CHRISTINA MERKLER: …as a retailer, I don’t look through the entire Previews catalog anymore. I actually haven’t in years. But I used to be that person who went through every single publisher A-Z because I really was never a big superhero comic reader. I never have been. I can tell you on probably two hands how many DC or Marvel books I’ve read in my lifetime. So, of course, this is more important to me. I’d much rather see independent books thrive and make sure retailers have that exposure to them. I really believe that retailers want it, but it’s really difficult when you’re looking through a Previews book with 150 different publishers and none of them have any specific type of quality base to them. It got to a point where I felt, personally, that Diamond was legitimately taking on anyone who was willing to publish a book. I’m not saying that in a negative way, but once you have that much, then the exposure is so much smaller for each of those publishers. We don’t want to be that kind of distributor.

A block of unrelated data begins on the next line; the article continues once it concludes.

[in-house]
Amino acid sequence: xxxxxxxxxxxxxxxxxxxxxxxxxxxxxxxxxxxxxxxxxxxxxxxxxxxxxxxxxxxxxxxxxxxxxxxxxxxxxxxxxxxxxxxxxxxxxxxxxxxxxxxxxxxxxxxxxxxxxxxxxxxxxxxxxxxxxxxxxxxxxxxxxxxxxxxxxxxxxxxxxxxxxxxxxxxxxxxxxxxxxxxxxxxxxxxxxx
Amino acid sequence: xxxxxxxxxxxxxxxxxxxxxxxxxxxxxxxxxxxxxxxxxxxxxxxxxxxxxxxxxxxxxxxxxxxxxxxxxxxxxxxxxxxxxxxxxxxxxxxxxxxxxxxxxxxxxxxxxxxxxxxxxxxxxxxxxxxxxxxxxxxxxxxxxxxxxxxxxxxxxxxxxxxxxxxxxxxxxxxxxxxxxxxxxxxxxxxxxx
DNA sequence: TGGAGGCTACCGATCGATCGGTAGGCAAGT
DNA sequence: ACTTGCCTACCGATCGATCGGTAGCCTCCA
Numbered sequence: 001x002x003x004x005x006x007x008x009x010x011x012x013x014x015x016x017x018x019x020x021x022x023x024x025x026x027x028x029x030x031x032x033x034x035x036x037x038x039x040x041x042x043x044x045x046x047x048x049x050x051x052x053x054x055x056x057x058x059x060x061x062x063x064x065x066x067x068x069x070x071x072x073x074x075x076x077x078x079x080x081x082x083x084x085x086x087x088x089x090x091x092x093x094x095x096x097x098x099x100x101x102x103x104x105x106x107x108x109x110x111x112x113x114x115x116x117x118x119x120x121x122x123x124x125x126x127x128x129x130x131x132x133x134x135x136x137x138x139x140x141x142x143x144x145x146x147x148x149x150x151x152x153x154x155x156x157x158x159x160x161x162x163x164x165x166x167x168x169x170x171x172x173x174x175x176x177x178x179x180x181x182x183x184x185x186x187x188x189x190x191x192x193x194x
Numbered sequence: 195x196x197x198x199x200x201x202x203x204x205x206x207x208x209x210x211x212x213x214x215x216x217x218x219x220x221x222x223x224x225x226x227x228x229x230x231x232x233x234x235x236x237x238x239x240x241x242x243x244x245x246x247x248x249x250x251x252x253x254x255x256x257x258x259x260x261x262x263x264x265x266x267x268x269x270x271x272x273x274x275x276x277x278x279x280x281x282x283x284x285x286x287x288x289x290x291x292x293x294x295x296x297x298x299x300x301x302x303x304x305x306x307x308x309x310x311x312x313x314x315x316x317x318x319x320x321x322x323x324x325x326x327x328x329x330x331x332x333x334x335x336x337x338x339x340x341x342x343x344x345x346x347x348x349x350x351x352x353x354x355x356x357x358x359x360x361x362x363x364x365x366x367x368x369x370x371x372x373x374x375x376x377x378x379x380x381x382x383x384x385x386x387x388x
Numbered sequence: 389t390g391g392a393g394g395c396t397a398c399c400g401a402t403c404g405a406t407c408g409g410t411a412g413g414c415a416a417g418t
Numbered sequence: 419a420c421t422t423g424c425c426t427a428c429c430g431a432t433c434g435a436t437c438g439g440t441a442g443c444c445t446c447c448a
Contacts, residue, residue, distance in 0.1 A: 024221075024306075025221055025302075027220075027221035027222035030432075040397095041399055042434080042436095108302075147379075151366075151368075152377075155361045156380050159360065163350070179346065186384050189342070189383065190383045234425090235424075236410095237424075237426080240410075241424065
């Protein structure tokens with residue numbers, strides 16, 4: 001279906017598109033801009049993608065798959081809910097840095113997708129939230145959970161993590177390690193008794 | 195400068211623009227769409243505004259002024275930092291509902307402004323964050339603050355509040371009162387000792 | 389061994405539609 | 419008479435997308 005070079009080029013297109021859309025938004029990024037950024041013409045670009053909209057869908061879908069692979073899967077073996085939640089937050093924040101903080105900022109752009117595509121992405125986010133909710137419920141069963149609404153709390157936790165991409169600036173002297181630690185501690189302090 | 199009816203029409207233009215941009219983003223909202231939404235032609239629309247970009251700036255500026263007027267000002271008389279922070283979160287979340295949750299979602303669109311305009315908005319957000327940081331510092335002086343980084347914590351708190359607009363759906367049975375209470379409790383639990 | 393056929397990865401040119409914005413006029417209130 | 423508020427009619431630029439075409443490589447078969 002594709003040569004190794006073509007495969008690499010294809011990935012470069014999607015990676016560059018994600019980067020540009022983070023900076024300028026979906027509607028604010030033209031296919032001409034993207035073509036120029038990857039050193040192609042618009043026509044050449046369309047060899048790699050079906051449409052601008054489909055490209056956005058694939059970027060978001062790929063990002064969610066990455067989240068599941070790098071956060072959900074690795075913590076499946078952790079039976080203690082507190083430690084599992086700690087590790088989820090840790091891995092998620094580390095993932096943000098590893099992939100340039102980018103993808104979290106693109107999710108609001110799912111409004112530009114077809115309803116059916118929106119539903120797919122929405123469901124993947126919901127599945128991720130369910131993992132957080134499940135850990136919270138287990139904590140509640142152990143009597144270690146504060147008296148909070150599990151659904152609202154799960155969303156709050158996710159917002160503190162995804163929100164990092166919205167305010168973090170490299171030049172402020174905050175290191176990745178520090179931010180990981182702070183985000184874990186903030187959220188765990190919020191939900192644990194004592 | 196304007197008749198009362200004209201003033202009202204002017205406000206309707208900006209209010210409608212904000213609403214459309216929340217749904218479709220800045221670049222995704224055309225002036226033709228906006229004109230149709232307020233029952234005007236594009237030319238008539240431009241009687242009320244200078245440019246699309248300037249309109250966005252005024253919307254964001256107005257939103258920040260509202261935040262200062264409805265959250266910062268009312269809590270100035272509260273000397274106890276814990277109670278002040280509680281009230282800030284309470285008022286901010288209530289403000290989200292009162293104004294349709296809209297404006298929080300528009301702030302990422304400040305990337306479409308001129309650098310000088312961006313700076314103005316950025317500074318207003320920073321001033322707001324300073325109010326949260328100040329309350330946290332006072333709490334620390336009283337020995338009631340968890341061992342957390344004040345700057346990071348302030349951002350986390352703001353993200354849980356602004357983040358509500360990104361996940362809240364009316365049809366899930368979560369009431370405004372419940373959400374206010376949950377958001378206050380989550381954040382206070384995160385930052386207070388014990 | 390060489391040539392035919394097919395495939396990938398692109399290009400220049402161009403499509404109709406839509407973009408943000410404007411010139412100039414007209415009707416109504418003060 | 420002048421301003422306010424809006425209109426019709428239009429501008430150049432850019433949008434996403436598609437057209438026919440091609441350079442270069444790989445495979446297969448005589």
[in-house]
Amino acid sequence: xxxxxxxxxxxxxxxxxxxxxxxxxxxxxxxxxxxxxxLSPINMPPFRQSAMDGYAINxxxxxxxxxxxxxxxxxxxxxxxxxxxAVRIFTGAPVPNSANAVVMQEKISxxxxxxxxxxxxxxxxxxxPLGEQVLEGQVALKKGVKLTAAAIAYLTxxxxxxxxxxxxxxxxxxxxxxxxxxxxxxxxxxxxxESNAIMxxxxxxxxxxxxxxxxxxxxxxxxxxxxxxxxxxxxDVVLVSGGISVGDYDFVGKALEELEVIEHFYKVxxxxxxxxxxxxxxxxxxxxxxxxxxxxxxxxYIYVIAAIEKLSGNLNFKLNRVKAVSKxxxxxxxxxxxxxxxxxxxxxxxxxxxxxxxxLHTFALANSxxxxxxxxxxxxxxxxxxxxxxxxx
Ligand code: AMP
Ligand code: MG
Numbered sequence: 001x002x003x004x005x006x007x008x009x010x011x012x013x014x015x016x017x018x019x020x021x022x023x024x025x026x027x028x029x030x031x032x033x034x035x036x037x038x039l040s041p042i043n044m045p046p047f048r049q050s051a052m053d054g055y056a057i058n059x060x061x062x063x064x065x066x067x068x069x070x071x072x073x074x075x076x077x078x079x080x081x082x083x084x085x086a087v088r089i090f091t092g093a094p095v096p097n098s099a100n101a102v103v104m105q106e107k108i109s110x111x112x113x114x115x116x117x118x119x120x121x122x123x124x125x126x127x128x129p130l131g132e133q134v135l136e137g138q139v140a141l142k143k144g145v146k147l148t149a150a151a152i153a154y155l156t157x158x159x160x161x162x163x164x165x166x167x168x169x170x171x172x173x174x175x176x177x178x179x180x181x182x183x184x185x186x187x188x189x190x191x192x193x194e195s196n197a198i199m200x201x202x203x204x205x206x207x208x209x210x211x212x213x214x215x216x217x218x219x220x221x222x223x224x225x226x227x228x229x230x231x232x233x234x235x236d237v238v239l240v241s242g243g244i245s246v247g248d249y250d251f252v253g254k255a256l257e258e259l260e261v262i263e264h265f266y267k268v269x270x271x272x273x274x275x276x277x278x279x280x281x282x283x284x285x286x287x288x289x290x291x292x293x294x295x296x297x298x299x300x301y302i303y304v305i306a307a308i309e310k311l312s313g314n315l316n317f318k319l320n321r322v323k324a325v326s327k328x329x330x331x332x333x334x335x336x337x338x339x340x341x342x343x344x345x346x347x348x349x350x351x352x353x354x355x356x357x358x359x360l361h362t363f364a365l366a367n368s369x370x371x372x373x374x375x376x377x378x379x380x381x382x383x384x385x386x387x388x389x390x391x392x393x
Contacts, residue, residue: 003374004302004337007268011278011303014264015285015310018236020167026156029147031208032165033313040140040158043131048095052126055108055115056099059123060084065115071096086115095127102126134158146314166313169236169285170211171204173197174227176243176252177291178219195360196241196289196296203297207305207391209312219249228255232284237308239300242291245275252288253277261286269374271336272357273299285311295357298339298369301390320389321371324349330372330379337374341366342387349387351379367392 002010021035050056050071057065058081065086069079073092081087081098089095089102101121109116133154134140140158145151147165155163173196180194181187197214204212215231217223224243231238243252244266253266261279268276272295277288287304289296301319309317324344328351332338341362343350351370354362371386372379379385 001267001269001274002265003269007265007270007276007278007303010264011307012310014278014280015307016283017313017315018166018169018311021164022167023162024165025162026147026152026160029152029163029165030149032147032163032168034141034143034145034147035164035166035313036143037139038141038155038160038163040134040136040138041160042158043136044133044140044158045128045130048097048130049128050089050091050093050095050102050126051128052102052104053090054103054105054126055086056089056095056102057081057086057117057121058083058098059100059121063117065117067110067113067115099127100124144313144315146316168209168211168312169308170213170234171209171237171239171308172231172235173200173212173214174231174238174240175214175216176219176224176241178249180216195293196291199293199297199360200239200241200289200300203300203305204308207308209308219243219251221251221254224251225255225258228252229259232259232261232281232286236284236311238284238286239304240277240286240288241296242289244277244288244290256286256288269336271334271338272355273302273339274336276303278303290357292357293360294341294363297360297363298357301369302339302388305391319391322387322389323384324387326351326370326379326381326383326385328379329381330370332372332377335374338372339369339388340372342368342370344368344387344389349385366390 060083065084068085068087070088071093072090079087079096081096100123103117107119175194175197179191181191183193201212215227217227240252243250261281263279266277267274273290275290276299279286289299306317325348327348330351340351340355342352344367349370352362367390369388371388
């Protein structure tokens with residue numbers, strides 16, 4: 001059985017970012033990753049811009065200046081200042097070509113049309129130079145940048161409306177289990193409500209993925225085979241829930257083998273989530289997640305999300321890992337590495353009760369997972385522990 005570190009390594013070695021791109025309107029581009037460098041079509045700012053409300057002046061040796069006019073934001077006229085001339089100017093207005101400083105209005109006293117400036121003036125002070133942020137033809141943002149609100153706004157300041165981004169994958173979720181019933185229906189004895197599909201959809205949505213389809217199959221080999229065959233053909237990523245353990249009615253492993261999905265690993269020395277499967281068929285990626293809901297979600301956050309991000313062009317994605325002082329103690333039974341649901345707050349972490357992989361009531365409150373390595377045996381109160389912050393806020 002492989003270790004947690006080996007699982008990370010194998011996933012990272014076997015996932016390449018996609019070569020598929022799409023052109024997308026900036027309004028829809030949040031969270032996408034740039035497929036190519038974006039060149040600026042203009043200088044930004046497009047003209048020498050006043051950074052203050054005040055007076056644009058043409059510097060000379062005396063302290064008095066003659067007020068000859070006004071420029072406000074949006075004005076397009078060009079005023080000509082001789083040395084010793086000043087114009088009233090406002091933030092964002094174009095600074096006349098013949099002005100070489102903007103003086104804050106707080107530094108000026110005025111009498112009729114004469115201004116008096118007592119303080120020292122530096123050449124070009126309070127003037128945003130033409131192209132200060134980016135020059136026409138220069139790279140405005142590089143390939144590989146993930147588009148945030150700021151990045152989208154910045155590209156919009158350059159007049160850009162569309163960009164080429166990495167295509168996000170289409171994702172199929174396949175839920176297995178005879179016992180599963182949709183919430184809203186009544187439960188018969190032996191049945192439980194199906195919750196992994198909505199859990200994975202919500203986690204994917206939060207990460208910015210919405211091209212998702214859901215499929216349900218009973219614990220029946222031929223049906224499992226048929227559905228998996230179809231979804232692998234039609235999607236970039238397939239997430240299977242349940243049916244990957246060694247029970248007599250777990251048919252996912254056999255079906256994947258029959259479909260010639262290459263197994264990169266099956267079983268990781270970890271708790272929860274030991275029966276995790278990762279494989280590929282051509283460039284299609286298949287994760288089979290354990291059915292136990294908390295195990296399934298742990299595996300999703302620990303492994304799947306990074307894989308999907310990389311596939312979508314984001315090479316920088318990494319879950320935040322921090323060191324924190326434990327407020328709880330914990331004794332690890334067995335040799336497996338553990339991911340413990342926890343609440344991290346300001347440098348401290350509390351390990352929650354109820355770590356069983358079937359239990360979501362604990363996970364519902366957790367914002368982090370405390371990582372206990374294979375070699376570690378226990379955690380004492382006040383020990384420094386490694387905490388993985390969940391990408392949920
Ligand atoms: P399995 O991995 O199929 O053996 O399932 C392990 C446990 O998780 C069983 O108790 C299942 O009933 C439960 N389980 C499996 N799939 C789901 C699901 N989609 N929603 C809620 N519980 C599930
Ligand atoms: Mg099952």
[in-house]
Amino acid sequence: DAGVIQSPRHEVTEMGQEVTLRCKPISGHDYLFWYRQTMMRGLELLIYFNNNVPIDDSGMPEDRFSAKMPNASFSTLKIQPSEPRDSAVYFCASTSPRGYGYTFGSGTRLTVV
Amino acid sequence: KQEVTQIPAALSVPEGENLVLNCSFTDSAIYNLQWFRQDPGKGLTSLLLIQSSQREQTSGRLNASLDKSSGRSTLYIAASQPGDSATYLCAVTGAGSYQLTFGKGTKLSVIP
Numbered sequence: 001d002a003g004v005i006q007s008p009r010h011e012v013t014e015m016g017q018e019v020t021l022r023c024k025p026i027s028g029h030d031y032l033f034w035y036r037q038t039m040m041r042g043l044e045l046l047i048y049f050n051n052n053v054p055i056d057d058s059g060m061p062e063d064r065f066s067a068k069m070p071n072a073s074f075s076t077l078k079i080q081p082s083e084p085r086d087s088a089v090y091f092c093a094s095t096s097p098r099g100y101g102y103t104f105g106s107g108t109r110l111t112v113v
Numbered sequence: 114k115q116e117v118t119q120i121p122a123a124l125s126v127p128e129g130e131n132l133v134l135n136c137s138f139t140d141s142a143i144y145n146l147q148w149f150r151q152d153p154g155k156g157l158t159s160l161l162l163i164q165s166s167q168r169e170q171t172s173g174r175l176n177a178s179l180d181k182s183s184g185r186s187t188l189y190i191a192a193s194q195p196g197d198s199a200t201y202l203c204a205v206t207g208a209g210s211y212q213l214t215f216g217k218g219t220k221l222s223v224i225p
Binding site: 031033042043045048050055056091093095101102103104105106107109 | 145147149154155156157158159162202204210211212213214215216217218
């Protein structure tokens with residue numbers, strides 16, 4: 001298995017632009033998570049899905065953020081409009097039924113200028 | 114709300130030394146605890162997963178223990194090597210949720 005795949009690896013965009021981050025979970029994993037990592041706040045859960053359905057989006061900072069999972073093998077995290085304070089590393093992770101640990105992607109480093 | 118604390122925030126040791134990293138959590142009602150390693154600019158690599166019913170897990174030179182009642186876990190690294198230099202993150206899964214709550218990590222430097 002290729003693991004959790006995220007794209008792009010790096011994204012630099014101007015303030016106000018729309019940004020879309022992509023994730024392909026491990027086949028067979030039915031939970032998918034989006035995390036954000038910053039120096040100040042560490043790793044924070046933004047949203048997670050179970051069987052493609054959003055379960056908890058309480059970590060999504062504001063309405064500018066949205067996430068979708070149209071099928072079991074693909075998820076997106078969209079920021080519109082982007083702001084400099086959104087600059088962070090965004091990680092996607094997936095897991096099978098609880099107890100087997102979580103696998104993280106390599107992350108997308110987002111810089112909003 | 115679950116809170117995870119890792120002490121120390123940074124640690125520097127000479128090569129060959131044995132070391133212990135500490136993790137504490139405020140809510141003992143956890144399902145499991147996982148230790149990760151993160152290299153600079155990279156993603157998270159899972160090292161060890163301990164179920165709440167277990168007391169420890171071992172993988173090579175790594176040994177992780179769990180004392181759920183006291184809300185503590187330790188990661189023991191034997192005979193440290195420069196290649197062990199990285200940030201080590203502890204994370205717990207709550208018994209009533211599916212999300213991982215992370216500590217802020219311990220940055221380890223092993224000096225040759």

Merkler says many times that Lunar doesn’t want to carry 100 publishers — and they’re not out to kill other retailers, and competition also means options:
We feel competition is good. … It’s also great because, if I, as a distributor, have product and I all of a sudden run out for some reason, if another distributor has it, it’s great for publishers. It’s great for publishers and retailers to have other options. Ideally, you would do that, right? There were so many times, especially with independent publishers, that I was only purchasing them through Diamond. I really didn’t know how to get them any other way. It was all buy/sell, so they would get it in and sell out of it really fast then never offer it again. I would have customers who would want something, but I was so busy working and getting everything sold and getting taken care of all the time that, if I had another distributor that I knew I could get that from, it would have been amazing.
Like Penguin Random House which has just started rolling out Marvel Comics, Lunar also had to get a bigger warehouse: